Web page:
As humans, we have a genetic predisposition to crave foods high in fat and salt. The natural instinct to satisfy taste and palatability is an evolutionary trait that once fueled the survival of our ancestors. Yet, in the age of sedentary lifestyles, fast food and Starbucks, this instinct has now become de-evolutionary with rising rates of obesity, diabetes and heart disease.
Television, video games and giant, fast food conglomerates are often easy targets for this new age epidemic; however the cause is much more complex than we realize. Urban sprawl, decreased access to outdoor recreation, sedentary work and home lives, and increased access and availability of unhealthy foods are just some of the major contributing factors to our obesogenic environment. Underlying issues such as disparities in income and education can further explain geographic trends in obesity hot zones (1). While many of these societal issues are difficult to address, we can still effect some change in our immediate environment.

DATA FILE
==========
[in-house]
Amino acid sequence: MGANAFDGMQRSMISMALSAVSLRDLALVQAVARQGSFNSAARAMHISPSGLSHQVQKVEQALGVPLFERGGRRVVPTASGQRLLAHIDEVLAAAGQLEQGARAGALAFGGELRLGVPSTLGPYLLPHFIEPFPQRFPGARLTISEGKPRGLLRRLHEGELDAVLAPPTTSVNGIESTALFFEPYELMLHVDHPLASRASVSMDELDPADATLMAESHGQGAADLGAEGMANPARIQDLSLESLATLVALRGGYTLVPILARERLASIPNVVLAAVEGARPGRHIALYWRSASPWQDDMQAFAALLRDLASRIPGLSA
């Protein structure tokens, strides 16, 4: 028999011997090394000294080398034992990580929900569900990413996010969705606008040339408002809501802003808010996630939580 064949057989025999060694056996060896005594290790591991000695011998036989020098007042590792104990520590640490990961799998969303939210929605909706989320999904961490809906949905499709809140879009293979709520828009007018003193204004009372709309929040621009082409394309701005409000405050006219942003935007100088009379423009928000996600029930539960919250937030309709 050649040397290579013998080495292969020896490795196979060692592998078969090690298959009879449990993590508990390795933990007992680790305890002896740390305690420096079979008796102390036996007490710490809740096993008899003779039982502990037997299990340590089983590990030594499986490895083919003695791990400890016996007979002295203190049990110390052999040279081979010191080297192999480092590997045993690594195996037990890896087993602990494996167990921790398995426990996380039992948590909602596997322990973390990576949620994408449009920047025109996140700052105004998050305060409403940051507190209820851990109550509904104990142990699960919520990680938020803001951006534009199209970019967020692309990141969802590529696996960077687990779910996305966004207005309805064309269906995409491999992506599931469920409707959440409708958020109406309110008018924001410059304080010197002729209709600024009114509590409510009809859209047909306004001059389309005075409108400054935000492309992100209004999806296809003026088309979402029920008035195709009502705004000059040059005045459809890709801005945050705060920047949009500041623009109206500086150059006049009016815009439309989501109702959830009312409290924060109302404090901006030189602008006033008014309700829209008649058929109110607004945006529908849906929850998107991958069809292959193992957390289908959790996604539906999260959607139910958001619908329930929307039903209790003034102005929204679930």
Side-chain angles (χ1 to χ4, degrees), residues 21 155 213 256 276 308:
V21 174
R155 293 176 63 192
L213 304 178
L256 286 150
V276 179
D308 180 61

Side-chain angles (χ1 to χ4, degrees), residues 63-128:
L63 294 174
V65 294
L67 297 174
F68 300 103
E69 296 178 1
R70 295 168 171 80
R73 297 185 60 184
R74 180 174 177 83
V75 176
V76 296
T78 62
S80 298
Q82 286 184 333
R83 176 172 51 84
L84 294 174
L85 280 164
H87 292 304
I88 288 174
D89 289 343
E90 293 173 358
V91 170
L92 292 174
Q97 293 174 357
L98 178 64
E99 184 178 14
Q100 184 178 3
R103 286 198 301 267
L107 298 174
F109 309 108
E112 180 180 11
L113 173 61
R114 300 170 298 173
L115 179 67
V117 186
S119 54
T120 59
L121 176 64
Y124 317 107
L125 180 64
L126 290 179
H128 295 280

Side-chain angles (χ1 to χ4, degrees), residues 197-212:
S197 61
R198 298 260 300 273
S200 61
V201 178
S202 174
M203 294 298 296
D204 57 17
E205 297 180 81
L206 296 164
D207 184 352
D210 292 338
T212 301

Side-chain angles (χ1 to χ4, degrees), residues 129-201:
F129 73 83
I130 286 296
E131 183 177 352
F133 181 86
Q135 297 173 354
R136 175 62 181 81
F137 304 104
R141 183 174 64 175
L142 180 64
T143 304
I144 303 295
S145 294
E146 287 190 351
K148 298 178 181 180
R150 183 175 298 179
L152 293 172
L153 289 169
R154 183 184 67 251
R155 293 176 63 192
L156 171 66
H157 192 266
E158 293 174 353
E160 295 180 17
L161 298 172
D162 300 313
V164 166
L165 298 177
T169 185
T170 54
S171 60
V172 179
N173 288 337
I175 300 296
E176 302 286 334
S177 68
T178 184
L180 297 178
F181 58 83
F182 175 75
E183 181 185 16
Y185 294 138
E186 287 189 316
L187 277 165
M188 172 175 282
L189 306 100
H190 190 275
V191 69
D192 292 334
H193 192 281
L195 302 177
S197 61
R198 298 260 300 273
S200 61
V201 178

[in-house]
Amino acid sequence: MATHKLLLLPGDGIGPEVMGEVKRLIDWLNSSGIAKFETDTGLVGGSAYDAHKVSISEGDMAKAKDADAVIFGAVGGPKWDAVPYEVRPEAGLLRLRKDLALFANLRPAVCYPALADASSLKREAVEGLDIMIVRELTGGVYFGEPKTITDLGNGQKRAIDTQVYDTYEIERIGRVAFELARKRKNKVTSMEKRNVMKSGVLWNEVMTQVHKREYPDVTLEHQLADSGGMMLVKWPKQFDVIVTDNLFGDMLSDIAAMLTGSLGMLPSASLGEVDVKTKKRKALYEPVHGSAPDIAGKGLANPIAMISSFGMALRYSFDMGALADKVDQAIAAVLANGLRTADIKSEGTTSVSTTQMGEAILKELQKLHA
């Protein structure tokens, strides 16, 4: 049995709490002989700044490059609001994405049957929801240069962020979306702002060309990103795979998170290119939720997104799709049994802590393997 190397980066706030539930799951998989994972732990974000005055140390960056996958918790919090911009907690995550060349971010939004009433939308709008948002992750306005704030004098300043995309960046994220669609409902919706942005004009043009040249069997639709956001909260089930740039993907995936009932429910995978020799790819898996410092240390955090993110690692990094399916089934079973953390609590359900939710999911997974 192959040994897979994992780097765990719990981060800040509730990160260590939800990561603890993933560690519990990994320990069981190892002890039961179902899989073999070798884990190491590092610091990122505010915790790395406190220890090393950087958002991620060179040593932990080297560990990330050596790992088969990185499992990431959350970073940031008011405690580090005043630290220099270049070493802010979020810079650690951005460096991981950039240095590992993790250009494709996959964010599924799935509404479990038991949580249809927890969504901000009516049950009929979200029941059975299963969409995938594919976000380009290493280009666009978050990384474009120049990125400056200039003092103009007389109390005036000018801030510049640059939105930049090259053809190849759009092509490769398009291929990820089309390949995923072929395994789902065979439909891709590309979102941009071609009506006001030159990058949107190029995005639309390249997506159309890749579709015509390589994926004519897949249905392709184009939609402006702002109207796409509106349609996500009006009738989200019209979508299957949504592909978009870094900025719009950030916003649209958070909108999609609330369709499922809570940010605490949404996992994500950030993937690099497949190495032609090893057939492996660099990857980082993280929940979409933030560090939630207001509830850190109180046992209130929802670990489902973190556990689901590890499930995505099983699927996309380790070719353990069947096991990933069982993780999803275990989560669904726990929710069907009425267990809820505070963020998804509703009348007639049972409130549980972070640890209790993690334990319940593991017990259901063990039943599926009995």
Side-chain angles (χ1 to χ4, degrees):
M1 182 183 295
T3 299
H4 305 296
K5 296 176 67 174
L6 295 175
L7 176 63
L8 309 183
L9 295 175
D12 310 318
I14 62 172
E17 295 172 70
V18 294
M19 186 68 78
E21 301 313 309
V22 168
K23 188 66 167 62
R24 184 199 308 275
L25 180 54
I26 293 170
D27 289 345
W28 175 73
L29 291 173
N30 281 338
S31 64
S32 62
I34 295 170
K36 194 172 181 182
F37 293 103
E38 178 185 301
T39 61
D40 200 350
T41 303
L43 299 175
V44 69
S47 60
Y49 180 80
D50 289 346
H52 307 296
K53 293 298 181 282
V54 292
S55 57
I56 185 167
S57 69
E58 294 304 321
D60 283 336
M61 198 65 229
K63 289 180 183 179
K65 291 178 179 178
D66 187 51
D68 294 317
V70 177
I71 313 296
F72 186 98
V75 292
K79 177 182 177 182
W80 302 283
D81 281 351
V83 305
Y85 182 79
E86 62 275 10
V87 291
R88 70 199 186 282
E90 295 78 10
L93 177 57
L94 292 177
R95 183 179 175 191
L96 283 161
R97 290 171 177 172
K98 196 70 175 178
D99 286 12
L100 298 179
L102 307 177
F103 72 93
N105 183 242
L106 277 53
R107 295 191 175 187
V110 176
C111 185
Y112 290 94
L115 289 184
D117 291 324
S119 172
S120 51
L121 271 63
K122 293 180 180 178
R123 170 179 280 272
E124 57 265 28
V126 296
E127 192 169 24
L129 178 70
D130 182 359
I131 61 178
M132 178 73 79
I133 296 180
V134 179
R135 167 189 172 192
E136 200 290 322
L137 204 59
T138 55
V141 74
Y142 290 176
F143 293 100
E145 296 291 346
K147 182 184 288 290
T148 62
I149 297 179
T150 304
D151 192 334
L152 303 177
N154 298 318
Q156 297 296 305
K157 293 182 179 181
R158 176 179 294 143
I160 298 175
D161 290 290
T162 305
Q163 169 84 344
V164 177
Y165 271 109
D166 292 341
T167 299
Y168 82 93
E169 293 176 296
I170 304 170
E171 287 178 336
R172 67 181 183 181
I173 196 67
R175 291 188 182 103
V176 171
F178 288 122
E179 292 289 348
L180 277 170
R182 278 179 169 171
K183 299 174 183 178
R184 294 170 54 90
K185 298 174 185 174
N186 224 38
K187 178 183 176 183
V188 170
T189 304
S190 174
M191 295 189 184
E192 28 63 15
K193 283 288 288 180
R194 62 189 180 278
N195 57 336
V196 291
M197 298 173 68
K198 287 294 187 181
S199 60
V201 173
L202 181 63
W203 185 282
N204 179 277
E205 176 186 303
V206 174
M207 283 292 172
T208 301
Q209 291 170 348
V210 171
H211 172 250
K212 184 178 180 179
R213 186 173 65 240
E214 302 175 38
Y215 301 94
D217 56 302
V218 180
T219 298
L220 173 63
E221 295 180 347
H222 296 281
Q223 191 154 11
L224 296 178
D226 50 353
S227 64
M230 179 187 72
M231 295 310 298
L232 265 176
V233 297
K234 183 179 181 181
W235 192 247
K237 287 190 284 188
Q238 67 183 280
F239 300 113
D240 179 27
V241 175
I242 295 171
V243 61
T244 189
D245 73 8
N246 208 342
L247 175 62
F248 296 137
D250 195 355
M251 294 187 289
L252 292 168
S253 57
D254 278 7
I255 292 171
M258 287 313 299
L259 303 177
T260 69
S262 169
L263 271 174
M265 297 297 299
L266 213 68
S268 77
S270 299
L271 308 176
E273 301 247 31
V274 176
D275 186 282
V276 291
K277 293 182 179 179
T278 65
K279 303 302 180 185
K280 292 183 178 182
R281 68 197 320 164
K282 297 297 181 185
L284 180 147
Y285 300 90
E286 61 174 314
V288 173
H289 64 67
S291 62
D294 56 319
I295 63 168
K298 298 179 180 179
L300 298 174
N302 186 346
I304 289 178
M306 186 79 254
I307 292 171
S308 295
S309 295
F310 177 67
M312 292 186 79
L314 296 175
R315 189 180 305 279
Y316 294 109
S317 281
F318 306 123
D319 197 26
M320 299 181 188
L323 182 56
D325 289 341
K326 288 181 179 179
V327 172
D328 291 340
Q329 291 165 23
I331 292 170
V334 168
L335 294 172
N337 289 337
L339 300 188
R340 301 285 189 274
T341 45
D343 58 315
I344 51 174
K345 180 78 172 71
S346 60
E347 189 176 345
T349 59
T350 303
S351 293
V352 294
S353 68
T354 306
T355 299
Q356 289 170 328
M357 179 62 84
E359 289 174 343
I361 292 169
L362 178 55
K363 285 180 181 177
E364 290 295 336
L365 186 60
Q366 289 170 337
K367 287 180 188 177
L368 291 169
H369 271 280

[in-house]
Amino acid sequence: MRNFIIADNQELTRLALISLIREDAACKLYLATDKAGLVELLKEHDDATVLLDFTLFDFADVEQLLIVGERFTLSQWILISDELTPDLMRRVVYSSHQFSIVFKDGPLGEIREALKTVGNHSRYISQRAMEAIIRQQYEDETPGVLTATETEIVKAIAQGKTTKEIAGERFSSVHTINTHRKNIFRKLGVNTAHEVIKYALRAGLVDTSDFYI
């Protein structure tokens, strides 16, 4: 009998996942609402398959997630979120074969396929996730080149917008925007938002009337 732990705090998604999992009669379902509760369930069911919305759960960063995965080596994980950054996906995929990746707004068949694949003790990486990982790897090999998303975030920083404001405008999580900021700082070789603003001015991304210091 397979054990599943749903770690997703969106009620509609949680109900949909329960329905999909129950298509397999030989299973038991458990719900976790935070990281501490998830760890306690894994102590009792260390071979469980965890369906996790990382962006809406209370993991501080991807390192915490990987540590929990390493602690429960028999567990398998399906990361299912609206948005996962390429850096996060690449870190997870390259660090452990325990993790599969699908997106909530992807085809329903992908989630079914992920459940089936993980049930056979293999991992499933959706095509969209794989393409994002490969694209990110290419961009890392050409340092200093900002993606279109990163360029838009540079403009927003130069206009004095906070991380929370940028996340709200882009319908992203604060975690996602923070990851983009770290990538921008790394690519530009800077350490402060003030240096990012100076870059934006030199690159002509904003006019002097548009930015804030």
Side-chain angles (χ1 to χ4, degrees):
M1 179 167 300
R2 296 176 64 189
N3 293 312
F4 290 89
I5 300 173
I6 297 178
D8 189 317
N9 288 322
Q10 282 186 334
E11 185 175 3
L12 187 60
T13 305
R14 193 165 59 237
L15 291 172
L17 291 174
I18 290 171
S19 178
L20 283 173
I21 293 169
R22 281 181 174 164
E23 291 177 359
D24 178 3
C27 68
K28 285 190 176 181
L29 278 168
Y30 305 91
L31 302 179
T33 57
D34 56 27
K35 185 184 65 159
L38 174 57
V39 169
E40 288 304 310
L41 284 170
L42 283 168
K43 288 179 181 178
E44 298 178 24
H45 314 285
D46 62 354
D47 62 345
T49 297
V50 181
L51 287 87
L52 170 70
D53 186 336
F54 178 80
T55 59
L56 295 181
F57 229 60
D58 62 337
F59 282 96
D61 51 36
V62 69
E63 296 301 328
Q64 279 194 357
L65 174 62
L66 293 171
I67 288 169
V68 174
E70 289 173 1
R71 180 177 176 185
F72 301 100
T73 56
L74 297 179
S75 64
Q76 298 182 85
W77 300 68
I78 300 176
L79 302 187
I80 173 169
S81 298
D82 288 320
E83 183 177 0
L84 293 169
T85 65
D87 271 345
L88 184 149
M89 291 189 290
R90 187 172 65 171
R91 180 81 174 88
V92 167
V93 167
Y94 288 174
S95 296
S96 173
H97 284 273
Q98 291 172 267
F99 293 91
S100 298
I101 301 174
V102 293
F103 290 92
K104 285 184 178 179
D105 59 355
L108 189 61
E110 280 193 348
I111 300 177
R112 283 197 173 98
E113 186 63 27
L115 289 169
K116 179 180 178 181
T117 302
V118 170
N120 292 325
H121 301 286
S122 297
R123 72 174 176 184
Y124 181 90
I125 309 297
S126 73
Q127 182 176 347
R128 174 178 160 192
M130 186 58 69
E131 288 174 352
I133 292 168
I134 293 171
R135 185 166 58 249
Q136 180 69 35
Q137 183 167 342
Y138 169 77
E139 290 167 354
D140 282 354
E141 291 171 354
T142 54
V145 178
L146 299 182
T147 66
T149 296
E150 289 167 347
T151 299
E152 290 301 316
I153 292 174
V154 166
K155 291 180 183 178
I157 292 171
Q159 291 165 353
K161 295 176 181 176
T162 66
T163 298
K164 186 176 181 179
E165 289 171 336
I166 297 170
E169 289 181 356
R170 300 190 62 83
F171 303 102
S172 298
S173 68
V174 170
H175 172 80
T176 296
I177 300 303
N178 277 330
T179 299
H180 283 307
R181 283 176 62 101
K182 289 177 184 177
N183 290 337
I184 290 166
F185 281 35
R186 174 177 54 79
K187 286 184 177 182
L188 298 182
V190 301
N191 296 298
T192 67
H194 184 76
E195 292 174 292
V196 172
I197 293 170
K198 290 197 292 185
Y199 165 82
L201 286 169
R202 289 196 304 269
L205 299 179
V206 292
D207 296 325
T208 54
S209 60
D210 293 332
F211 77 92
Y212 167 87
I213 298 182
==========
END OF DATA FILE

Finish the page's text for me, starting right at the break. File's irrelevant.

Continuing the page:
Brian Wansink, PhD, author of Mindless Eating: Why We Eat More Than We Think, merges psychology, nutrition and consumer behaviour in identifying environmental factors that influence our eating behaviours. The intention is to teach the reader how to “re-engineer” their environment to help counteract influences that promote over consumption. This recent popularization of practical food psychology has caught the attention of many, including health conscious consumers, the media, health professionals and policy makers. Mindless eating has quickly become a movement among health promoters and has offered a fresh, new focus for anti-obesity campaigns. The food industry has even jumped on board the opportunity to supply the growing demand of portion controlled 100 calorie snack packs.